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 Easycoper in Action

Installing crown molding can be intimidating homeowners. For outside corners to match properly, you have to cut compound miters correctly. And if that wasn’t hard enough, inside corners should be coped, never mitered, as coping allows for slight movement of the wood and the cleanest overall fit.

The EasyCoper aims to simplify the difficult skill of coping, making it easy to create professional-looking joints without master-craftsman experience. All you need to know is how to follow a line with a jigsaw.

To use the EasyCoper, just cut the piece as if you’re cutting an inside miter and then cut the long point flat. Place the molding in the easy cutter jig until the piece is flush with the top of the jig. Then follow the profile of the molding with the jigsaw base resting flatly on the easycoper jig — and you’re done.

THe EasyCoper retails for about $35. If you’re putting up crown molding in more than one room, the time you save using EasyCoper should easily be worth the price.

EasyCoper [Manufacturer]
Street Pricing [Google Products]

 

7 Responses to Install Crown Molding Faster With The EasyCoper

  1. Roscoe says:

    Has anyone tried one of these yet? I’m a big fan of coping, but it seems like this might be hard to finesse around the curves. If it worked well though, it would really speed things up. I hate getting a buddy to help hold and hang crown, and then having him stand around while I fuss with an inside joint.

  2. Joel Wires says:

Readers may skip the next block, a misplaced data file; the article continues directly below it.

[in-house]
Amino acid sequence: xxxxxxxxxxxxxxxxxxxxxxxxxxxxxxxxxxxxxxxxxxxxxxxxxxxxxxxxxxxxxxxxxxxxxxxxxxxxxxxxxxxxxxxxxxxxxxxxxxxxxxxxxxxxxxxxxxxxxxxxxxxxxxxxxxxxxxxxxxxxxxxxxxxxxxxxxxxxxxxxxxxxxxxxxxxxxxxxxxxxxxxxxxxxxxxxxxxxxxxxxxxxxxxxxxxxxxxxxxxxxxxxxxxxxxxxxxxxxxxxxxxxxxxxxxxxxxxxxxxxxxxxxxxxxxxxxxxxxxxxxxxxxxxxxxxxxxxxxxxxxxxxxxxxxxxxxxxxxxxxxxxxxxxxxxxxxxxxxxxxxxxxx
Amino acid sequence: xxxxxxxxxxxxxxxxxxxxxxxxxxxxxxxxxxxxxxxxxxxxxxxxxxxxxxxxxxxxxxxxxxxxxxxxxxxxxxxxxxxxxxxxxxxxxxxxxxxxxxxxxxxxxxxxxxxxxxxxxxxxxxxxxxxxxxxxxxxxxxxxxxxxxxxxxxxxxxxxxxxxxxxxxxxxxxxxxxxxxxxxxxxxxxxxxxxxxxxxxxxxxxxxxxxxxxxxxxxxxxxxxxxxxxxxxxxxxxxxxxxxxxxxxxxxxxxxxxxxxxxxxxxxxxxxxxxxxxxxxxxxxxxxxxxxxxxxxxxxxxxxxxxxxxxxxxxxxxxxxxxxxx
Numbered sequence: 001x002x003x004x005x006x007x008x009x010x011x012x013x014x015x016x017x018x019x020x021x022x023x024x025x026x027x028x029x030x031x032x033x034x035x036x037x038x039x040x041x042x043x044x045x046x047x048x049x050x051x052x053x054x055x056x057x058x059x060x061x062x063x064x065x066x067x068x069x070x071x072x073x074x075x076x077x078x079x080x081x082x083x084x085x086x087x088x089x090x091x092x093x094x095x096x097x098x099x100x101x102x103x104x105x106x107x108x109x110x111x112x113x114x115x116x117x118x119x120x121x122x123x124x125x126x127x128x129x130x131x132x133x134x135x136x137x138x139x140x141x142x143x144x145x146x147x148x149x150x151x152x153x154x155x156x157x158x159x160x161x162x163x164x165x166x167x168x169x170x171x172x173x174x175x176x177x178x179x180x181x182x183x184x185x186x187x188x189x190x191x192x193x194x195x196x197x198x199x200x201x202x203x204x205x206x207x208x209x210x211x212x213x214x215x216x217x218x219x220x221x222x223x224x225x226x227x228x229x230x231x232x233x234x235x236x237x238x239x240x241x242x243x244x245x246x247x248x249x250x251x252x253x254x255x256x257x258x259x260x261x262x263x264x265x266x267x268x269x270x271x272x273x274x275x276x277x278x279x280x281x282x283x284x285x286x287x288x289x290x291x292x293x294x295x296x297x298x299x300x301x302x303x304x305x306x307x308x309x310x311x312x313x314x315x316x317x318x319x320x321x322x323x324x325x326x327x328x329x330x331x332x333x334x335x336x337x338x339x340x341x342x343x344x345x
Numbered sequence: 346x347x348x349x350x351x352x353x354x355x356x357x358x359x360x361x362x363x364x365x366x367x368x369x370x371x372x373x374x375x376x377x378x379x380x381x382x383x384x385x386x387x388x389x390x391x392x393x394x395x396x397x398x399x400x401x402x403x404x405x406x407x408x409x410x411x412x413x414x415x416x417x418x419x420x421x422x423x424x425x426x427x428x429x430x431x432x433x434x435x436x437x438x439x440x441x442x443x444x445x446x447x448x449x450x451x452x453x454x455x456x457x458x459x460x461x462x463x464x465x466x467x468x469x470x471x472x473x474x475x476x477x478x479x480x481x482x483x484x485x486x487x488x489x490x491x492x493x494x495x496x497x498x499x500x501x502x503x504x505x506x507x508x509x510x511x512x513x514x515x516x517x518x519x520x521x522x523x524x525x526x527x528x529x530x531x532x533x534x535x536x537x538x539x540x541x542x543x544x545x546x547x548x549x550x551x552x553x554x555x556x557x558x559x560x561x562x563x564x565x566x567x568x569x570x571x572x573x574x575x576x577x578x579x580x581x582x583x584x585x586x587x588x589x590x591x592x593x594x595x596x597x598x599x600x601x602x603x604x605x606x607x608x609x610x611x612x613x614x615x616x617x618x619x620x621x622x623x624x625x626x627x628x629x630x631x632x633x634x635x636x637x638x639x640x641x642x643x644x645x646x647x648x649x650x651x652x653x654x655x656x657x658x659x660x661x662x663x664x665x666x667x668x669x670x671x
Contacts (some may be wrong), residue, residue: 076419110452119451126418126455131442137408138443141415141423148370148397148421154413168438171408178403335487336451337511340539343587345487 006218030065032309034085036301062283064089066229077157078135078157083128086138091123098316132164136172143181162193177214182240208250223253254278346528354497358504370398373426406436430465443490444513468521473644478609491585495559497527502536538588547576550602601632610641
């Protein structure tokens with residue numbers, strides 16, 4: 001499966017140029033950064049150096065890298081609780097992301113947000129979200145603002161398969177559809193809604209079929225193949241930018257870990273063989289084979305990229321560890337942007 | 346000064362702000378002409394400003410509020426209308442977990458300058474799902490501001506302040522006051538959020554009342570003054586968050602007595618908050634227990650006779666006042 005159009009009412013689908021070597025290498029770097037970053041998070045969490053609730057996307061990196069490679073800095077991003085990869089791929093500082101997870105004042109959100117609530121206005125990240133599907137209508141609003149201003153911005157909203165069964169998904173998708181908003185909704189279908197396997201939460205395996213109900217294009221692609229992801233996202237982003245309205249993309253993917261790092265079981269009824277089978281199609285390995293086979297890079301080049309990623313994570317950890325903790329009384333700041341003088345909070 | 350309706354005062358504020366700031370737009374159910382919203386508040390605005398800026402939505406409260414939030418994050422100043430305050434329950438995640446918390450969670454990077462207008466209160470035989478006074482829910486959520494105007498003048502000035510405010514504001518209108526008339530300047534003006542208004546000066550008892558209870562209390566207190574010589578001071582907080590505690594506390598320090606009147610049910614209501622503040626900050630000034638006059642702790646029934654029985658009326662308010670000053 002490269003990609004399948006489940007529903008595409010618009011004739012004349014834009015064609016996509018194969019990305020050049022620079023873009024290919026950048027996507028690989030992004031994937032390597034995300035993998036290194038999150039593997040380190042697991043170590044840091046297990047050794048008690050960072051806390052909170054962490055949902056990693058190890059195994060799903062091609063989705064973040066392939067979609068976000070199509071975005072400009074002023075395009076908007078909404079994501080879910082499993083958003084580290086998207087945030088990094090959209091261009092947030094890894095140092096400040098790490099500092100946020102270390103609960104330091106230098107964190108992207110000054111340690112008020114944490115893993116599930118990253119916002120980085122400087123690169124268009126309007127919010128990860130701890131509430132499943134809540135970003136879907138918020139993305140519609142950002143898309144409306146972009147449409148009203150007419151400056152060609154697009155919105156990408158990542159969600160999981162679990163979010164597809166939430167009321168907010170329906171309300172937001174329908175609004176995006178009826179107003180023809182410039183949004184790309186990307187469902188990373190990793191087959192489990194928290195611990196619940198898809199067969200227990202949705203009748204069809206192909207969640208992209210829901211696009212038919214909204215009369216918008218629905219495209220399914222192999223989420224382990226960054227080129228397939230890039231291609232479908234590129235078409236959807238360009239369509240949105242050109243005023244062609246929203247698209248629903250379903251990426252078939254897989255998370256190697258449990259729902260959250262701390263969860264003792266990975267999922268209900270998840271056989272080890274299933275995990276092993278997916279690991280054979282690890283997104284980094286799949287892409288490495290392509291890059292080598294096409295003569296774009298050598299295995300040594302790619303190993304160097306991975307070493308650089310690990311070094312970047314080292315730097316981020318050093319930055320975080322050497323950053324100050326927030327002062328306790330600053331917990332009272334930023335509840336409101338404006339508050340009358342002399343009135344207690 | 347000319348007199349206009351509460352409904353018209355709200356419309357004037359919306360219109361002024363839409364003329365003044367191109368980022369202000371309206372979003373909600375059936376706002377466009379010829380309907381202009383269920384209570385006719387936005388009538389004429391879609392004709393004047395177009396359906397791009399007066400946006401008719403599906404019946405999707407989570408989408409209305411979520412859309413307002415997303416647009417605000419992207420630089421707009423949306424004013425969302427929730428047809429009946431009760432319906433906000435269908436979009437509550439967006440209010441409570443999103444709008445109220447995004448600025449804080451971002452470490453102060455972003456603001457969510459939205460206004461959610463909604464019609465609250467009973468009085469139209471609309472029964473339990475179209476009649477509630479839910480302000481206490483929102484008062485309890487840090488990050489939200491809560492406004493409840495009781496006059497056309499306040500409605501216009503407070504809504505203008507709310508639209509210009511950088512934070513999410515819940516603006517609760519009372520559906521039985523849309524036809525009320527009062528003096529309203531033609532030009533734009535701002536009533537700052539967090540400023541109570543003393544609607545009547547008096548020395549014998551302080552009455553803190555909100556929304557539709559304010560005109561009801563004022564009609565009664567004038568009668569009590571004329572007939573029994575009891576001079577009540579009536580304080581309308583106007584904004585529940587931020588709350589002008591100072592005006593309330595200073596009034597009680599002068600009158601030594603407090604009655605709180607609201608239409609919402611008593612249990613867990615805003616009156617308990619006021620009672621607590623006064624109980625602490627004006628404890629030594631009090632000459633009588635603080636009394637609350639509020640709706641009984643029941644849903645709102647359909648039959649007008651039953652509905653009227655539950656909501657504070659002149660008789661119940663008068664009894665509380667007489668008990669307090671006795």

I haven’t personally, but a good friend (contractor) bought one and tried it for a while. I personally think it would work great, but he said that it was a waste of money. Given plenty of time for the learning curve, I think it could help save time, especially with hard wood trim. I’ve just used my scrollsaw with the table tilted and gotten pretty good results.

  3. PutnamEco says:

    If your more of a freehand type of guy, try the Collins coping foot for your jigsaw

    http://www.collinstool.com/collins_coping_foot.htm

  4. PutnamEco,
    The Collins coping foot likes like it is worth a try. I’ve been looking for a way to speed coping of non-crown moulding. I was disappointed that EasyCoper didn’t make something that works with base, chair railing, etc. I would have posted that instead.

    Yeah, coping is just a skill that you need to learn if you are doing any finish carpentry, but I just wish I could find something to make my current project faster: installing some chair rail with several shadow lines, a couple of hollows and 3 different rounds. It’s a pain to get the whole cope to match. I’m not to bad at coping stuff with a few broad and simple curves, but the complex stuff kicks my butt.

    I was also thinking of using a scroll saw to do the coping on my current project. Has anybody tried that? I figure that if the piece if shorter than 3 or 4 feet it would work OK. I’m just dying to find an excuse to buy the Dremel.

  5. EquatorTwo says:

    I’ve used this a fair bit — it’s not the Collins Coping Foot, but for the price it is a good value. Rockler blows them out for around $30 on occasion and it sure beats coping by hand! I’ve even seen them in trucks of finish carpenters that I’d never think would deign to use such a DIY tool…

  6. miguel s. says:

    I have found that usinga table saw works best when you have smaller lengths. Has no one tried this before? I am a trim carpenter by trade, btw.

  7. miguel,

    Are you just cutting miters with a table saw or are you coping the pieces too? I can’t imagine how you’d cope with a table saw.

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